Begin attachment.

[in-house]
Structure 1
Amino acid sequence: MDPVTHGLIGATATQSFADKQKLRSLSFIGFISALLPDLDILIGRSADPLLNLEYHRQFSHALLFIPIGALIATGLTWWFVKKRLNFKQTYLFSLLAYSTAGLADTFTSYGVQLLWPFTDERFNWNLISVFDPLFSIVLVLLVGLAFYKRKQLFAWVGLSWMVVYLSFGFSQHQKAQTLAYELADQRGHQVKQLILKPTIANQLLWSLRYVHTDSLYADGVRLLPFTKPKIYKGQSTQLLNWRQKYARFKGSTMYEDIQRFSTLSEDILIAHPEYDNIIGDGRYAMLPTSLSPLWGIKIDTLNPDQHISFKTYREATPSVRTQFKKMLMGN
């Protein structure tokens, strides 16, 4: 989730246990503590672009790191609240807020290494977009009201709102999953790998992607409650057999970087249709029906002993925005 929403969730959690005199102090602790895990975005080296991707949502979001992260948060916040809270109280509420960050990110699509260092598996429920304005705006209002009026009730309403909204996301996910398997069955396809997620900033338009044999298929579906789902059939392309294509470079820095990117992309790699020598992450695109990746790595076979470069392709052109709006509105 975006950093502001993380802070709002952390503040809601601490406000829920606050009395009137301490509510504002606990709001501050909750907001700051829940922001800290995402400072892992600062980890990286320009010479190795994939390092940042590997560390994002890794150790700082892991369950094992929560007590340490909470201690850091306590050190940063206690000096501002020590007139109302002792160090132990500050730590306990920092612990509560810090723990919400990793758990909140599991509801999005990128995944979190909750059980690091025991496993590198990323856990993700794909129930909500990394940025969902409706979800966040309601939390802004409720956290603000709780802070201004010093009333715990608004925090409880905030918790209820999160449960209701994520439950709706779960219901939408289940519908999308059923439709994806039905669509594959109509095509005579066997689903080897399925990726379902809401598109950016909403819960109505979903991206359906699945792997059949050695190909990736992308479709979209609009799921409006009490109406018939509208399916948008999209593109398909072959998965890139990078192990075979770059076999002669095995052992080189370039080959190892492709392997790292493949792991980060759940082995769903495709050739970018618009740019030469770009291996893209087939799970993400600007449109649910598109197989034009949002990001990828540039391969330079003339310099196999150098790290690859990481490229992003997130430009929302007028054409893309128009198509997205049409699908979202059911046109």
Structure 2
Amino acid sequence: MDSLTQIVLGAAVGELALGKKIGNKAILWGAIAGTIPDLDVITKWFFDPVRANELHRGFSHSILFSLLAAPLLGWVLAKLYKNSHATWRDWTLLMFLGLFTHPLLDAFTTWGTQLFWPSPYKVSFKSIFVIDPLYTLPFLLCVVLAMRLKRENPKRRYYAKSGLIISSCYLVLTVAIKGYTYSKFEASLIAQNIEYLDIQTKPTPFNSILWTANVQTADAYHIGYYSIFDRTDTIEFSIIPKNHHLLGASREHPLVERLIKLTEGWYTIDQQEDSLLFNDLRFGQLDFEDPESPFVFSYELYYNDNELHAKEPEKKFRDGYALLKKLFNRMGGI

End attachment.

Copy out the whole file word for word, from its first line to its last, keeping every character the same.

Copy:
[in-house]
Structure 1
Amino acid sequence: MDPVTHGLIGATATQSFADKQKLRSLSFIGFISALLPDLDILIGRSADPLLNLEYHRQFSHALLFIPIGALIATGLTWWFVKKRLNFKQTYLFSLLAYSTAGLADTFTSYGVQLLWPFTDERFNWNLISVFDPLFSIVLVLLVGLAFYKRKQLFAWVGLSWMVVYLSFGFSQHQKAQTLAYELADQRGHQVKQLILKPTIANQLLWSLRYVHTDSLYADGVRLLPFTKPKIYKGQSTQLLNWRQKYARFKGSTMYEDIQRFSTLSEDILIAHPEYDNIIGDGRYAMLPTSLSPLWGIKIDTLNPDQHISFKTYREATPSVRTQFKKMLMGN
């Protein structure tokens, strides 16, 4: 989730246990503590672009790191609240807020290494977009009201709102999953790998992607409650057999970087249709029906002993925005 929403969730959690005199102090602790895990975005080296991707949502979001992260948060916040809270109280509420960050990110699509260092598996429920304005705006209002009026009730309403909204996301996910398997069955396809997620900033338009044999298929579906789902059939392309294509470079820095990117992309790699020598992450695109990746790595076979470069392709052109709006509105 975006950093502001993380802070709002952390503040809601601490406000829920606050009395009137301490509510504002606990709001501050909750907001700051829940922001800290995402400072892992600062980890990286320009010479190795994939390092940042590997560390994002890794150790700082892991369950094992929560007590340490909470201690850091306590050190940063206690000096501002020590007139109302002792160090132990500050730590306990920092612990509560810090723990919400990793758990909140599991509801999005990128995944979190909750059980690091025991496993590198990323856990993700794909129930909500990394940025969902409706979800966040309601939390802004409720956290603000709780802070201004010093009333715990608004925090409880905030918790209820999160449960209701994520439950709706779960219901939408289940519908999308059923439709994806039905669509594959109509095509005579066997689903080897399925990726379902809401598109950016909403819960109505979903991206359906699945792997059949050695190909990736992308479709979209609009799921409006009490109406018939509208399916948008999209593109398909072959998965890139990078192990075979770059076999002669095995052992080189370039080959190892492709392997790292493949792991980060759940082995769903495709050739970018618009740019030469770009291996893209087939799970993400600007449109649910598109197989034009949002990001990828540039391969330079003339310099196999150098790290690859990481490229992003997130430009929302007028054409893309128009198509997205049409699908979202059911046109």
Structure 2
Amino acid sequence: MDSLTQIVLGAAVGELALGKKIGNKAILWGAIAGTIPDLDVITKWFFDPVRANELHRGFSHSILFSLLAAPLLGWVLAKLYKNSHATWRDWTLLMFLGLFTHPLLDAFTTWGTQLFWPSPYKVSFKSIFVIDPLYTLPFLLCVVLAMRLKRENPKRRYYAKSGLIISSCYLVLTVAIKGYTYSKFEASLIAQNIEYLDIQTKPTPFNSILWTANVQTADAYHIGYYSIFDRTDTIEFSIIPKNHHLLGASREHPLVERLIKLTEGWYTIDQQEDSLLFNDLRFGQLDFEDPESPFVFSYELYYNDNELHAKEPEKKFRDGYALLKKLFNRMGGI